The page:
‘Is it a family trait?’ Montana could see he was proud of his fey sister. She’d found another thing she liked about him.

He smiled crookedly and the way he curved his firm mouth made him more a real person and less Misty’s brother. ‘Sometimes I’m accused of uncanny intuition if we’re searching for someone, but not with the precision and clarity of Misty.’

He pulled the soft bonnet over Dawn’s hair as if he’d beanied a baby many times and then rolled her little body in the blanket as he peeled her away from Montana’s skin so that the cold air wouldn’t distress her. Dawn didn’t even whimper.

Montana was quietly impressed with his confidence with her newborn daughter—even Douglas, an obstetrician, hadn’t been that adept at handling babies. The thought was diverted by a sneaky eddy of cold air that had whispered against her own skin like a blast from the refrigerator, and she pulled the blanket in tight and hugged it with a shudder.

Andy wrapped Dawn in another warm shawl and tucked her against his chest as he flattened the blanket back firmly around Montana with his other hand. He must have seen her shiver.

Dawn whimpered and he whispered softly to her. His cheek rested against her tiny head with his skin on hers to comfort her while he carried her to the warmth of the car.

Montana frowned at how at ease they looked together and decided she’d had enough huddling to keep warm while she waited for the mist to lift.

Her heated feet felt good and she slipped the bottle up to tuck into her now loose trousers and keep her stomach warm as she pulled her shirt together where she’d opened it to keep her daughter snug against her skin.

The sheer bliss of hot water to wash her face and hands made her smile and after she’d communed with nature she crossed to Andy’s car and her daughter.

Andy had the cup holders out on the dashboard and each held a steaming cup of tea that caused puffs of condensation on the windshield above each mug.

Dawn dozed quite happily tucked into Andy’s arm and Montana stilled him with a raised hand as he went to lean across to open the passenger door.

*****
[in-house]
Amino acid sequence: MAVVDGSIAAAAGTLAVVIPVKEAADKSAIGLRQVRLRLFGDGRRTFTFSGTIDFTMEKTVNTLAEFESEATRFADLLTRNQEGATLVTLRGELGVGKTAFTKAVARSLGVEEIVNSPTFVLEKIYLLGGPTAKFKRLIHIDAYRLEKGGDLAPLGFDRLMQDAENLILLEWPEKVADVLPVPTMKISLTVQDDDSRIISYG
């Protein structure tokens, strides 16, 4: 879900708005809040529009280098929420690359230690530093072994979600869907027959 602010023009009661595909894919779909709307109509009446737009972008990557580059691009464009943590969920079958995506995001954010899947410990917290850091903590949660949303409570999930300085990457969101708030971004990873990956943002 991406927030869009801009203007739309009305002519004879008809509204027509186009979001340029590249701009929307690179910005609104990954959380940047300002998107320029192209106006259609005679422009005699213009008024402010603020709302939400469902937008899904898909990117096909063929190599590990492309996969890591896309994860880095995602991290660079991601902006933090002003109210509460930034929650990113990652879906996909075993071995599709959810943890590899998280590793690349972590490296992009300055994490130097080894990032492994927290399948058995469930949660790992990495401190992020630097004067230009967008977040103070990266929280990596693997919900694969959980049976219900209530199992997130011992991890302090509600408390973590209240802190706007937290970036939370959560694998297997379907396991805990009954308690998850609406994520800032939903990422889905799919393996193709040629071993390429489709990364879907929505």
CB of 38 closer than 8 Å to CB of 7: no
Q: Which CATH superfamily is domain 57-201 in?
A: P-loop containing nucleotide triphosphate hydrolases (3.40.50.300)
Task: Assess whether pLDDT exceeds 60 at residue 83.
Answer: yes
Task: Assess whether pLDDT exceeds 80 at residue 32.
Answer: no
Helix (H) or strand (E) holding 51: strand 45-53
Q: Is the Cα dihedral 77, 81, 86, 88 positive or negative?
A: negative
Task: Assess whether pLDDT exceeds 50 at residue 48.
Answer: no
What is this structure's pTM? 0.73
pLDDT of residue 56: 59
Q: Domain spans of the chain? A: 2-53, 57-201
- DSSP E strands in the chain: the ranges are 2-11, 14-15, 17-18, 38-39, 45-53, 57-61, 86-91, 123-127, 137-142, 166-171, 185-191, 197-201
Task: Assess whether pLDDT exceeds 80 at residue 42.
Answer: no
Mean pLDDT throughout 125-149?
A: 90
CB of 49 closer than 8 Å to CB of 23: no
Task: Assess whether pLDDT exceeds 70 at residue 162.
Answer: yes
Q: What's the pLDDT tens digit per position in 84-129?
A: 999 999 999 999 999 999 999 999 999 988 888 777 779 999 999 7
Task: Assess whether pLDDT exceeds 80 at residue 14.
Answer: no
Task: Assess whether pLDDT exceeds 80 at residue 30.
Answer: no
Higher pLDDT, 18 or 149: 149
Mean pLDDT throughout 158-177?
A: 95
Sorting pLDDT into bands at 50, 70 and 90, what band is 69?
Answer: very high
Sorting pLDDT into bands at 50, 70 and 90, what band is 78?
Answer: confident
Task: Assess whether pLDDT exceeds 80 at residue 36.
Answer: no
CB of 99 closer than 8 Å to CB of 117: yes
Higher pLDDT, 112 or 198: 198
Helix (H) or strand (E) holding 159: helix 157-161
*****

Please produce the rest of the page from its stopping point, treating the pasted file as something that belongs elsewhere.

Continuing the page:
She slid in. ‘Don’t move. She’s settled.’ He looked remarkably at ease for a big man with a newborn in his arms.

She inhaled the aroma. ‘The tea smells wonderful,’ she said, and gathered the cup in both hands to divert her mind away from him. The heated comfort infused into her hands like the flavour had into the water.

How brilliant that Andy had instinctively known not to fuss. Even Douglas would have flapped and scolded at the thought of Dawn’s arrival here on the mountain, and Montana sipped her tea slowly and relaxed.

They sat silently for many minutes and Montana may even have dozed.

When she opened her eyes again he was looking at her. Not staring, just an appraisal to see if she was fine. She couldn’t remember when she’d felt so comfortable in a stranger’s company.

‘Were you frightened?’ His words were soft and acknowledged something powerful and amazing had happened on the mountain that morning and she took pleasure in his lack of censure. She smiled at the bundle that was her daughter and shook her head.

Suddenly it was important he understand that she wasn’t reckless with her daughter’s life. ‘It was
the most serene dawn. I couldn’t drive any more, not safely anyway, and when I stopped it all happened as it should.’

BOOK: The Midwife's Little Miracle
2.57Mb size Format: txt, pdf, ePub